Canadian Corner/Depot Doings: Kingsville, Ontario, Canada

canadian-flag-smallKINGSVILLE,
ONTARIO DEPOT
On the Pere Marquette / C&O Rwy

The depot at Kingsville, Ontario, Canada was built in 1889 on the Lake Erie, Essex and Detroit River Railway. Originally owned by Hiram Walker, the line and depot later became part of the Pere Marquette Railroad. Still later, it was acquired by the Chesapeake & Ohio which owns the depot today, although it is no longer used for passenger service.

Kingsville is located about thirty miles east of Windsor, Ontario on what used to be a single track between Windsor and St. Thomas. East of St. Thomas, the C&O uses ex-New York Central tracks. Several C&O freight trains still pass over this route on the way to Buffalo, New York. Those trains, coming from Detroit through the Michigan Central railroad tunnel, take the Penn Central out to a Pelton Interlocking where they switch to the C&O mainline. Passenger train service on the Pere Marquette line ended in the mid-1920’s; however, many of the depots on the line were eventually refurbished for freight-only service. The first floor originally consisted of a Ticket Office, located where the semicircular bay window is at trackside, a Gent’s Waiting Room, a Ladies’ Waiting Room and a combination Freight and Baggage Room where stairs to the second floor are located.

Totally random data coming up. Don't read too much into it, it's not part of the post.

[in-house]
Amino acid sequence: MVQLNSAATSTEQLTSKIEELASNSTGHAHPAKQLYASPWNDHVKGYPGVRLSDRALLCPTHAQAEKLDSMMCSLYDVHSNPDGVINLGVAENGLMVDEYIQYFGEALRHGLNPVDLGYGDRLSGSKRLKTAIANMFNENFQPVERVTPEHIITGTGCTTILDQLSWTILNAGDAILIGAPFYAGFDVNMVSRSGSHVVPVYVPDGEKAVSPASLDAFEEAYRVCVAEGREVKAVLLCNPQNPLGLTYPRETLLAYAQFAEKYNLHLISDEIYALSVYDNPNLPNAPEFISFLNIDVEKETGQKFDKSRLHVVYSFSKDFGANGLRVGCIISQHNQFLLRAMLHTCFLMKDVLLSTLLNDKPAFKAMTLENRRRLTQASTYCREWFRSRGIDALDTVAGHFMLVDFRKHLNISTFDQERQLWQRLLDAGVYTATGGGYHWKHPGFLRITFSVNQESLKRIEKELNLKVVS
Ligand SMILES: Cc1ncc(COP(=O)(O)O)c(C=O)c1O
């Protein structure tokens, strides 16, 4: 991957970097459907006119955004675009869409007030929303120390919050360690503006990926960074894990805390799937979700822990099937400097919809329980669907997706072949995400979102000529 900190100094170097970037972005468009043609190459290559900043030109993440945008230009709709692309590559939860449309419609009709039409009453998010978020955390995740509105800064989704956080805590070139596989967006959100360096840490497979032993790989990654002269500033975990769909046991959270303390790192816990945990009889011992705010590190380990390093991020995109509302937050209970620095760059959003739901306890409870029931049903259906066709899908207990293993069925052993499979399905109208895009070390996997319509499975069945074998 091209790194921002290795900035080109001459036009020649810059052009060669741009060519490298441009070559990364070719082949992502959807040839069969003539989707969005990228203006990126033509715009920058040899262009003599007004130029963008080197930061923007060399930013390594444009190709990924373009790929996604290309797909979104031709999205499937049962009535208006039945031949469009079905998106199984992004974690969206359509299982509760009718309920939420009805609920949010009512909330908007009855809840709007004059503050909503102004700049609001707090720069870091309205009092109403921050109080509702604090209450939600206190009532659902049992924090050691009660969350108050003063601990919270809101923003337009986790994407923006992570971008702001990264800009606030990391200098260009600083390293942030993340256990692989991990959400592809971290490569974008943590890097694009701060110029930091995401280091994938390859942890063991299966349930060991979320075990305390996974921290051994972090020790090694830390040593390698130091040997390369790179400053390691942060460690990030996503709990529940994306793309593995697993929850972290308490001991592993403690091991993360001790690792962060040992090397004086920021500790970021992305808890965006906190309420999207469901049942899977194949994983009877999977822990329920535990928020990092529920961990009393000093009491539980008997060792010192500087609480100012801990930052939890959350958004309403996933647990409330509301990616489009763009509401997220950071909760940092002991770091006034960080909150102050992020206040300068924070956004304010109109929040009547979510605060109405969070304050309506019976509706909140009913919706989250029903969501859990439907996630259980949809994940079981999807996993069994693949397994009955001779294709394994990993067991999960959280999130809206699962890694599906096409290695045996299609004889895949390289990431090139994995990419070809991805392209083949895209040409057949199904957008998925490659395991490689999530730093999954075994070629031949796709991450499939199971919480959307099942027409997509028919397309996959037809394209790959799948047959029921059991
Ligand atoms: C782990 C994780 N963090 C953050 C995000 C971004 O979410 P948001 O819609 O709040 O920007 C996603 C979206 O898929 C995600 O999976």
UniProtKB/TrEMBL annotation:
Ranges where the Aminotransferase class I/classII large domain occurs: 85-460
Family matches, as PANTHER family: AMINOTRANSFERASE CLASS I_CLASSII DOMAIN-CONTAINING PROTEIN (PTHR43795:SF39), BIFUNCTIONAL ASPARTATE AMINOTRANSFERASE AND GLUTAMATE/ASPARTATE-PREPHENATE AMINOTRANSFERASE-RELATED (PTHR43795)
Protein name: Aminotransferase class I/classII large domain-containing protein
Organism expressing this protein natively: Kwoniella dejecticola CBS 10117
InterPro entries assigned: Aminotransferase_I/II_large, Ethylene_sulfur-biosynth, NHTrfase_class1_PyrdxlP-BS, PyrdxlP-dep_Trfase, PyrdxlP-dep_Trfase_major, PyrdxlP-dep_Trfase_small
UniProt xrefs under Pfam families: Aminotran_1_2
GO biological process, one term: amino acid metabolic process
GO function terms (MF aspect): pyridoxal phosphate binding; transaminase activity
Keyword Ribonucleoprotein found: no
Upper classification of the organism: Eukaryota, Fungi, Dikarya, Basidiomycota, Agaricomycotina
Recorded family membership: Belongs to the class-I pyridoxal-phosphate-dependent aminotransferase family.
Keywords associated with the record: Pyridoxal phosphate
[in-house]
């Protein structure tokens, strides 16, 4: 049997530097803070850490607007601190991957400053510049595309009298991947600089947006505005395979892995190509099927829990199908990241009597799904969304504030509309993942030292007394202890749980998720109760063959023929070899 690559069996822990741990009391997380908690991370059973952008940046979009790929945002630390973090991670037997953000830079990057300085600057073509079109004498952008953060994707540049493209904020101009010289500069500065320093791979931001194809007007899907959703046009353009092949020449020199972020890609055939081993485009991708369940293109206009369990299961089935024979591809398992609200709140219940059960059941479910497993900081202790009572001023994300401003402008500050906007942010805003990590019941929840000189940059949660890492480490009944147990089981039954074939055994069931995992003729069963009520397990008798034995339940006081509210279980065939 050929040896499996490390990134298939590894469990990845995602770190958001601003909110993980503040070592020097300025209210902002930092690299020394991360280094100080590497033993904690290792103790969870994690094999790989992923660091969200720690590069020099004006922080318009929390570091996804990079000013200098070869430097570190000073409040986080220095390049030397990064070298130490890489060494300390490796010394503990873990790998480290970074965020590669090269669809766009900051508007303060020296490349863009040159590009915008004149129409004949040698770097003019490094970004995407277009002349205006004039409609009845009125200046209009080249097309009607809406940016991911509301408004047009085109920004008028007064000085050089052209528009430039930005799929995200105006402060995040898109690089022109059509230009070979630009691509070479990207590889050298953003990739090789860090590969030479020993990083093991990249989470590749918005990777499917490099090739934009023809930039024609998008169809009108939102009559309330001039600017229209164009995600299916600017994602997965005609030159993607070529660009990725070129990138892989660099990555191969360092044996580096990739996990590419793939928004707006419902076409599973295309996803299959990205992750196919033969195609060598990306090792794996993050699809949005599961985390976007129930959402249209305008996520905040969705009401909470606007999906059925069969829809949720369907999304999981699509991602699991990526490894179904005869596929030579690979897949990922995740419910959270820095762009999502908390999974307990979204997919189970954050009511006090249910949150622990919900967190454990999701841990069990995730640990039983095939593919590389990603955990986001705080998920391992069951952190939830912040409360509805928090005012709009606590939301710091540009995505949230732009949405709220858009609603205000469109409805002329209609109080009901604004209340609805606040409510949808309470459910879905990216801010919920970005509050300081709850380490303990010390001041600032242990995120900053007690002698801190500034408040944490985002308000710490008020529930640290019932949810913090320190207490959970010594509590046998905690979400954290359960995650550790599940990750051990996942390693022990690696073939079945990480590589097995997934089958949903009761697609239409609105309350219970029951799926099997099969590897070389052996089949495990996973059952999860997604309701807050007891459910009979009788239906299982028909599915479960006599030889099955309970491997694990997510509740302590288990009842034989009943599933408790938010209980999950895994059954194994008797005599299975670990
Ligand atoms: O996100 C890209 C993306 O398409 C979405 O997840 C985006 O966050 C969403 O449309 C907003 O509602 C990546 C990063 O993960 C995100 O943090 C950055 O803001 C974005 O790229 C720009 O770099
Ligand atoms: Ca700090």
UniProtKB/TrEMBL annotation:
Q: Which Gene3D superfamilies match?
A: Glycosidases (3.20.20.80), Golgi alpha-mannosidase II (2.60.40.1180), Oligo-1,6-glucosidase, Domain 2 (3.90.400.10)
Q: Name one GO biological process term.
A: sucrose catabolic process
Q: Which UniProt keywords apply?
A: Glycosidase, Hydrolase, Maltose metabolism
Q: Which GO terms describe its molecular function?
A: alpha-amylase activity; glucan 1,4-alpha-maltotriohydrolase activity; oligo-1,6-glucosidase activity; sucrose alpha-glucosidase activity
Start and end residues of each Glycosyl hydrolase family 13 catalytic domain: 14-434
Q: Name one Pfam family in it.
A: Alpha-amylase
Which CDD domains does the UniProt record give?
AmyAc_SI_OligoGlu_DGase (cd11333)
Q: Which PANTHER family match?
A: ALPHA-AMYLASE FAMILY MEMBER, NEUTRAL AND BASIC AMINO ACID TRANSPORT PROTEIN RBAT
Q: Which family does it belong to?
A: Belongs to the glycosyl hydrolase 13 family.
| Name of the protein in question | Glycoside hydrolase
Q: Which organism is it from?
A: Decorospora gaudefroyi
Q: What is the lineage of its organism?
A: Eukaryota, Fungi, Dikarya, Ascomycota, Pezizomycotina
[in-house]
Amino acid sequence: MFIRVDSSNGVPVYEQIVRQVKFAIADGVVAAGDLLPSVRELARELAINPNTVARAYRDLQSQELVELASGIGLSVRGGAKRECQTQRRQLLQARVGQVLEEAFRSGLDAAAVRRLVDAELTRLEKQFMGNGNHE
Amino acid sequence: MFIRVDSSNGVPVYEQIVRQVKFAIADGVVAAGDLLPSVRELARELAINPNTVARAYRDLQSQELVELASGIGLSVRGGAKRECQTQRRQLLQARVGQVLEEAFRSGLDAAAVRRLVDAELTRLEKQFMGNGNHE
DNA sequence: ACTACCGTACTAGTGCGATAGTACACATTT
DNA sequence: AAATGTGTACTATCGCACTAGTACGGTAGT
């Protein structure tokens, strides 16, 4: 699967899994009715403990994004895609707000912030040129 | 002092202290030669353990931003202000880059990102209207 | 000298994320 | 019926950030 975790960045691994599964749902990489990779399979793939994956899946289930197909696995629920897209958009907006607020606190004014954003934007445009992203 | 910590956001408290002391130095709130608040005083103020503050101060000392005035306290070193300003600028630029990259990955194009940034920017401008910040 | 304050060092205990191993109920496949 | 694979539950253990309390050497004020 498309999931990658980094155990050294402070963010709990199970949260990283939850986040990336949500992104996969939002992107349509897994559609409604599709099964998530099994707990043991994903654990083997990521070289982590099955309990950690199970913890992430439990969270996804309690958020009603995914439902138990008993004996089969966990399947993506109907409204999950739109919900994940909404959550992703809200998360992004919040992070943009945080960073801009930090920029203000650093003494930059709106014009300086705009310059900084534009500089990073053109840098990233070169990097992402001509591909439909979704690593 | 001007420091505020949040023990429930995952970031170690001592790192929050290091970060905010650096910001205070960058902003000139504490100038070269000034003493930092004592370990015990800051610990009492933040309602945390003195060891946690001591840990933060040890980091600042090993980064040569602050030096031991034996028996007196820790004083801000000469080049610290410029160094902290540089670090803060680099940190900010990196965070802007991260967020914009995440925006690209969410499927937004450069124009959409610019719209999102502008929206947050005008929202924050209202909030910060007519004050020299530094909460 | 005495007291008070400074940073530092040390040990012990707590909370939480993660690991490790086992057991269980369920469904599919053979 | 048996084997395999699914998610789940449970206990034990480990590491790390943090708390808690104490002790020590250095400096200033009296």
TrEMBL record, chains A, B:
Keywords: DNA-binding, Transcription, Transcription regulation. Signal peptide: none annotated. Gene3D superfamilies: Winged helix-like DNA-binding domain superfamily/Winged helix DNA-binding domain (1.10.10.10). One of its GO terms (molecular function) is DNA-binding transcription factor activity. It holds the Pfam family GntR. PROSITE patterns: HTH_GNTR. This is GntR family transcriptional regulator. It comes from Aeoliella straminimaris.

The second floor consists of a small hallway from the stairs leading to a single large chamber that has a series of small windows facing trackside. To the left of the bay window is an opened and curved covered porch that adjoins a porte-cochere to the rear of the building. It was probably once used as a carriage entry and exit point. When the depot was first built there was a raised platform in the Freight and Baggage Room which occupied about half the room next to the large freight door. Another platform of equal height joined this same wall on the exterior of the building. Both were used for the handling of freight and baggage. The exterior platform no longer exists but it is shown in the drawings.